ANIMAL-ASSISTED INTERVENTIONS IN MENTAL HEALTH
Percorsi riabilitativi assistiti dagli asini: uno studio pilota
Paola De Rose; Elisabetta Cannas; Patrizia Reinger Cantiello
Istituto San Giovanni di Dio, Ospedale Fatebenefratelli, Genzano di Roma, Rome, Italy
Bonding with animals grants access to the sphere of affectivity and facilitates therapeutic engagement. The methodological approach of donkey-assisted programs is based on mediation, which is characterized by multidirectional relationships (patient-donkey-therapist). The donkey is an excellent facilitator in the motivation-building process, being able to stimulate the child's development by way of active and positive forces that foster psycho-affective and psycho-cognitive development processes. Results of this study, which focused on the child's approach to the donkey, indicate that while communicating with the animal, children rely more on physical expressions than on verbal language. Donkey-assisted rehabilitative sessions can help in identifying children's strong points, on which motivation could be built.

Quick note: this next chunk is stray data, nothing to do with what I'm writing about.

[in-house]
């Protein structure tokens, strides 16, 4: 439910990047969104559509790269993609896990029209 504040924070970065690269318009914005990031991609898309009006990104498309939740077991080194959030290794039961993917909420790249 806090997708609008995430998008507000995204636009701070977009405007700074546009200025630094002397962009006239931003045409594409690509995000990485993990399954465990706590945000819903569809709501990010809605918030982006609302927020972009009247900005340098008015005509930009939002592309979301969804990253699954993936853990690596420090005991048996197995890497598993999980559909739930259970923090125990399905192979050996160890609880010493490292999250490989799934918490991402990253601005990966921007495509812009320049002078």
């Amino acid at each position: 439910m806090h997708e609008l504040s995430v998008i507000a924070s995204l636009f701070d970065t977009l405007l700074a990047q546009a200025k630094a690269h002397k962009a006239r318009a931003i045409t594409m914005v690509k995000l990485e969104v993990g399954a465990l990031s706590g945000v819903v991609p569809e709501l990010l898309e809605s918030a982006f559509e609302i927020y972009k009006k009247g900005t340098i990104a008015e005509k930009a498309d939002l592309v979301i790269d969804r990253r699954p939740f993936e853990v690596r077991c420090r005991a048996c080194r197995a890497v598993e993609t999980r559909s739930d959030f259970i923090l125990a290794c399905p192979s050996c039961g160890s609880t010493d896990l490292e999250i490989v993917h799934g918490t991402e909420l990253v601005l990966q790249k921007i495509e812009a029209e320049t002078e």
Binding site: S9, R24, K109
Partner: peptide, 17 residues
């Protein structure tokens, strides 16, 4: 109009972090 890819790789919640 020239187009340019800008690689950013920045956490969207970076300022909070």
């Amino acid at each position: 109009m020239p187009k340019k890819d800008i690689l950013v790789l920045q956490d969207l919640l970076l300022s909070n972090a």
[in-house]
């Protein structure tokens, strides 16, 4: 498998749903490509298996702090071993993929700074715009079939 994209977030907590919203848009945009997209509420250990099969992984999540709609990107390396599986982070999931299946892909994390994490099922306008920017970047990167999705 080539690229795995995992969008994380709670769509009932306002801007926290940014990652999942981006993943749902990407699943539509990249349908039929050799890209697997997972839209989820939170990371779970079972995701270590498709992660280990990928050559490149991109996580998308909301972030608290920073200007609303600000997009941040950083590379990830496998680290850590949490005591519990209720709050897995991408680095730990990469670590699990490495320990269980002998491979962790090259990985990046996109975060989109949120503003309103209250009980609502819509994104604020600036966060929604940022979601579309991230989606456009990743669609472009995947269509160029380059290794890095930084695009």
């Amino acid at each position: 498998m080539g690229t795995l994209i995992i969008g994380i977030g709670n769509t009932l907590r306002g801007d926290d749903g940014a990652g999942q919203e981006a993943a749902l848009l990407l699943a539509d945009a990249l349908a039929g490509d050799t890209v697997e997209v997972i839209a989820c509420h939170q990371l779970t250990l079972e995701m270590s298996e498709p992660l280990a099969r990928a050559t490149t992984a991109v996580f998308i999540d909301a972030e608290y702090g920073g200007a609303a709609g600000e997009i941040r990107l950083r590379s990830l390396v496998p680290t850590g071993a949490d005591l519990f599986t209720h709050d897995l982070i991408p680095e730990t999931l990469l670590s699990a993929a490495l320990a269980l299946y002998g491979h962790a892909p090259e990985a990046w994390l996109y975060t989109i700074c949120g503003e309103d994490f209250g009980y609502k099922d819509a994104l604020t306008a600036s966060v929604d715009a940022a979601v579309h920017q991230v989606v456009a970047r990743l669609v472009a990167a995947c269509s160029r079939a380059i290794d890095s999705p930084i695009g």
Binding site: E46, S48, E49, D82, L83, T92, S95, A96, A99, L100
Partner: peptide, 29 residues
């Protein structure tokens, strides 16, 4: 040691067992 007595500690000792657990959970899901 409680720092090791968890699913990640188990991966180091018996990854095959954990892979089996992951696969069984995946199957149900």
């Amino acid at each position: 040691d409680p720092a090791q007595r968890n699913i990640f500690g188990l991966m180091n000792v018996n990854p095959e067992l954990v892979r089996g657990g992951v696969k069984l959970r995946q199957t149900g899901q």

Key words: animal-facilitated therapy, children, communication, donkey, rehabilitation.
Il legame con gli animali consente l'accesso alla sfera affettiva e facilita il percorso terapeutico. L'approccio metodologico dei programmi riabilitativi assistiti con gli asini è basato sulla mediazione, che è caratterizzata da relazioni multidirezionali (paziente-asino-terapista). L'asino è un eccellente facilitatore nella costruzione di processi motivazionali, essendo in grado di promuovere, attraverso stimoli attivi e positivi, lo sviluppo, sia psico-emozionale sia psico-cognitivo del bambino. I risultati di questo studio indicano che i bambini, nell'approcciarsi a questo animale, fanno affidamento più su espressioni comunicative fisiche che sul linguaggio verbale. Percorsi riabilitativi assistiti dagli asini aiutano quindi a identificare i punti di forza del bambino su cui poi costruire processi motivazionali.
Parole chiave: terapia riabilitativa con gli animali, bambini, comunicazione, asino, riabilitazione.